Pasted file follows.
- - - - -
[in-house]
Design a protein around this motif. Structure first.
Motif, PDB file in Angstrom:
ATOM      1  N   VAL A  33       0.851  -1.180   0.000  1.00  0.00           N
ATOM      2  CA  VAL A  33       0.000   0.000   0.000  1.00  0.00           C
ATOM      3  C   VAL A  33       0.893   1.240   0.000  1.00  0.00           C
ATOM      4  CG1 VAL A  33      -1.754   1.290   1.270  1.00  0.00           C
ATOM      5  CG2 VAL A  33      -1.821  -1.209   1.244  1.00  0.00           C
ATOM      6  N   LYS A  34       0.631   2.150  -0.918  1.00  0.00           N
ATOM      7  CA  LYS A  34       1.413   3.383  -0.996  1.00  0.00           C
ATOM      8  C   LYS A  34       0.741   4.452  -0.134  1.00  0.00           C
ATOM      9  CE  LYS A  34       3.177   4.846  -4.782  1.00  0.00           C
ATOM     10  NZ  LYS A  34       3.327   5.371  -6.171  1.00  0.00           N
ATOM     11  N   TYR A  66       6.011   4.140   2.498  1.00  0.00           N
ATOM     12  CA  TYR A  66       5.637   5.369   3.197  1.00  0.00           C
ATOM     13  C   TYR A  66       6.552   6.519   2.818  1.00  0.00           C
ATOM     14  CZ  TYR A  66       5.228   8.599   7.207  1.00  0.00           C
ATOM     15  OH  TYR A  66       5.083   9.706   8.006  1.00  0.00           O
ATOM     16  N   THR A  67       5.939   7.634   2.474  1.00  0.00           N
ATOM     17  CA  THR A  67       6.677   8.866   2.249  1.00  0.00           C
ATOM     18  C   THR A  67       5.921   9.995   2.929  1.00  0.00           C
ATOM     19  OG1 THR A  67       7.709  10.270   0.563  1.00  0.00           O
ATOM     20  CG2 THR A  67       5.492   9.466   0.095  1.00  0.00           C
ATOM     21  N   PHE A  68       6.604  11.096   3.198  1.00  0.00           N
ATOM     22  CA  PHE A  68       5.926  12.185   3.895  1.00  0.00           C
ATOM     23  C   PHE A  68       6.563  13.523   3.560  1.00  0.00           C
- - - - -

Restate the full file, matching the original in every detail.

[in-house]
Design a protein around this motif. Structure first.
Motif, PDB file in Angstrom:
ATOM      1  N   VAL A  33       0.851  -1.180   0.000  1.00  0.00           N
ATOM      2  CA  VAL A  33       0.000   0.000   0.000  1.00  0.00           C
ATOM      3  C   VAL A  33       0.893   1.240   0.000  1.00  0.00           C
ATOM      4  CG1 VAL A  33      -1.754   1.290   1.270  1.00  0.00           C
ATOM      5  CG2 VAL A  33      -1.821  -1.209   1.244  1.00  0.00           C
ATOM      6  N   LYS A  34       0.631   2.150  -0.918  1.00  0.00           N
ATOM      7  CA  LYS A  34       1.413   3.383  -0.996  1.00  0.00           C
ATOM      8  C   LYS A  34       0.741   4.452  -0.134  1.00  0.00           C
ATOM      9  CE  LYS A  34       3.177   4.846  -4.782  1.00  0.00           C
ATOM     10  NZ  LYS A  34       3.327   5.371  -6.171  1.00  0.00           N
ATOM     11  N   TYR A  66       6.011   4.140   2.498  1.00  0.00           N
ATOM     12  CA  TYR A  66       5.637   5.369   3.197  1.00  0.00           C
ATOM     13  C   TYR A  66       6.552   6.519   2.818  1.00  0.00           C
ATOM     14  CZ  TYR A  66       5.228   8.599   7.207  1.00  0.00           C
ATOM     15  OH  TYR A  66       5.083   9.706   8.006  1.00  0.00           O
ATOM     16  N   THR A  67       5.939   7.634   2.474  1.00  0.00           N
ATOM     17  CA  THR A  67       6.677   8.866   2.249  1.00  0.00           C
ATOM     18  C   THR A  67       5.921   9.995   2.929  1.00  0.00           C
ATOM     19  OG1 THR A  67       7.709  10.270   0.563  1.00  0.00           O
ATOM     20  CG2 THR A  67       5.492   9.466   0.095  1.00  0.00           C
ATOM     21  N   PHE A  68       6.604  11.096   3.198  1.00  0.00           N
ATOM     22  CA  PHE A  68       5.926  12.185   3.895  1.00  0.00           C
ATOM     23  C   PHE A  68       6.563  13.523   3.560  1.00  0.00           C